However with the sun shining all day the ground started to dry out.  I went to our village’s first ever farmer’s market and bought a pack of 25 strawberry plants and 2 broccoli plants.  I realized it was finally time to get moving! The ground was too wet to plant a Fothergilla bush I bought earlier in the week, but it was definitely ready for cool weather seeds and seedlings.

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I had to cover the romaine lettuce plants three times in the past weeks, but they all survived the frosts and are looking great.  I also have a few leaf lettuce seeds that have sprouted and I planted a few more lettuce seeds today.

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I looked all over the garden for places for these strawberry plants.  I put fifteen in the ground and five in a planter and threw away a few weak plants.  Strawberries are pretty aggressive so I am looking forward to these plants thriving this year.

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I grew broccoli once before, but not so successfully, so I am up for another try.  I also wanted to support the farmer’s market and buy some plants from them.

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A few weeks ago I put some seed potatoes in a pot.  It was cold so I left the pot in the laundry room, which is cool and dark.  When I finally put the pot outside yesterday several of the potatoes had sent up shoots.  As they leaf out I will keep adding soil to the top of the pot.  The potatoes will then grow under the soil  Since they don’t grow that well in clay I am trying this pot method.

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I couldn’t resist buying these beets at the farmer’s market.  I steamed them and then can eat them throughout the week.  I also planted beet seeds today, along with peas and prize choy.

Our goal is more food production this year.  We will see how it goes!

Plant Resurrections

April 7, 2013

Following last week’s Easter theme, it is fun to see green mounds and shoots pressing up out of the cold ground.  I have been planting more bulbs each year so that my garden is starting to look cheerier in the spring as I wait for the garden to green up.  If there is something blooming then I am not as impatient for the coming of the lush green of spring.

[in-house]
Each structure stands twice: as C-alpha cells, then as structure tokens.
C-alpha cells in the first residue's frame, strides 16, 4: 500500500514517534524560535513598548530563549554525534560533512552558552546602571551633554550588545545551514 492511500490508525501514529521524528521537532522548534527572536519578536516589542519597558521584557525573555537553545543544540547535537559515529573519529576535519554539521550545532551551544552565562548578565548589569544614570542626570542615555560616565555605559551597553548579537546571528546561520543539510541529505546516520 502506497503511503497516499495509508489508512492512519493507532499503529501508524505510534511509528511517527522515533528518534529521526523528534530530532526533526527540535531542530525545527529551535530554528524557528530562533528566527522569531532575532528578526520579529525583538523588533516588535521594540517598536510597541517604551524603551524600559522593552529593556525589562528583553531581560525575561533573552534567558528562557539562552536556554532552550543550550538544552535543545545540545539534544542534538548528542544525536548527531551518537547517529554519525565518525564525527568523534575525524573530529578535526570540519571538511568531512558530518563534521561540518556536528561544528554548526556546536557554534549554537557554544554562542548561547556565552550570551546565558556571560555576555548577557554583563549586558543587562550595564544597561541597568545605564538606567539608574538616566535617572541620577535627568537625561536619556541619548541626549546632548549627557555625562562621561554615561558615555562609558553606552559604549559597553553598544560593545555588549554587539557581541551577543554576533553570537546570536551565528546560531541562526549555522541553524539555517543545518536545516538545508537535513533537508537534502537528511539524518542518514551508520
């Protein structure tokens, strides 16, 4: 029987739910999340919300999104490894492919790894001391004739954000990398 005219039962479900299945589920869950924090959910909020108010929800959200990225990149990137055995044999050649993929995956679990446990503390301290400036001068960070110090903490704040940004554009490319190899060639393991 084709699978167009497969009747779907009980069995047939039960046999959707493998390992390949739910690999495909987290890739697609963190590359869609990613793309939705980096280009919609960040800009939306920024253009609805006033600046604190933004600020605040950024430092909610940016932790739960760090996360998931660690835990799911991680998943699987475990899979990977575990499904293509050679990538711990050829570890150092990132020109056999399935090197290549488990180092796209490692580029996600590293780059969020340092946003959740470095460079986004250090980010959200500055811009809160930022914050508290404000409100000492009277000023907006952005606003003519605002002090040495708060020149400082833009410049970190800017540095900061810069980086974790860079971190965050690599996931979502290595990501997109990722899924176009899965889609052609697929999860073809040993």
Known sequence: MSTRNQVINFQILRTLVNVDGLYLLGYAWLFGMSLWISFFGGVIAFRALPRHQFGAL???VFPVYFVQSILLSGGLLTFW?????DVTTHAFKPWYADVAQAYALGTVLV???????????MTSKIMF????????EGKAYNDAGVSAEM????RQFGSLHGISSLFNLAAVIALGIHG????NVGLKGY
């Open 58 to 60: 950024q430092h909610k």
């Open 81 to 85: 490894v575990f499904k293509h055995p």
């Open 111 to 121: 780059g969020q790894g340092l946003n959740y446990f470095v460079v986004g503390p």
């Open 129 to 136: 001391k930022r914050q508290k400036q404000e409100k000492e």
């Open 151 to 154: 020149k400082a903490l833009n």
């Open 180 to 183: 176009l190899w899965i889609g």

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I love these dwarf daffodils!  Other daffodils are coming up and will be blooming soon, but these early ones are the most welcome.

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I have two patches of these dwarf daffodils naturalizing by the back fence.  Later the goldenrod and viburnum will hide them as their leaves fade.

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All the way across the yard I see the bright yellow daffodil blooms from the kitchen window.  I put water in the bird bath and took this picture this morning as a cardinal came for a drink.  The robins and sparrows actually line up on the railroad tie and in the oak tree for their turn in the bath.

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With such a long winter the crocuses have been lasting a lot longer.  I love the detailed design in this purple crocus.

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Another group of cheery crocuses dressed in their choir robes and singing joyfully!

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Rhubarb shoots.  A very small start, but soon to come are the giant leaves and then maybe some strawberry rhubarb treats.

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While in Wal-Mart I noticed a nine-pack of romaine plants.  I know it is early, but I put three in a container that I can bring inside if it freezes and put six in the ground.  I can always cover them on cold nights.  I am planning to grow a lot more lettuce this year, so I need to get started!

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Back inside I grow a few house plants.  I almost killed this one, but then I must have done something right as it seems very happy now.  I love all the hair on the leaves and the pink stems and undersides of the leaves.

Cooking news:  Dan is back to cooking a lot of greens.  Some of the most nutrient dense greens are kale, collard greens, mustard greens, swiss chard, bok choy and watercress.  We bought a bunch of organic greens this week and Dan keeps trying new recipes to find out how to cook all of these in tasty ways.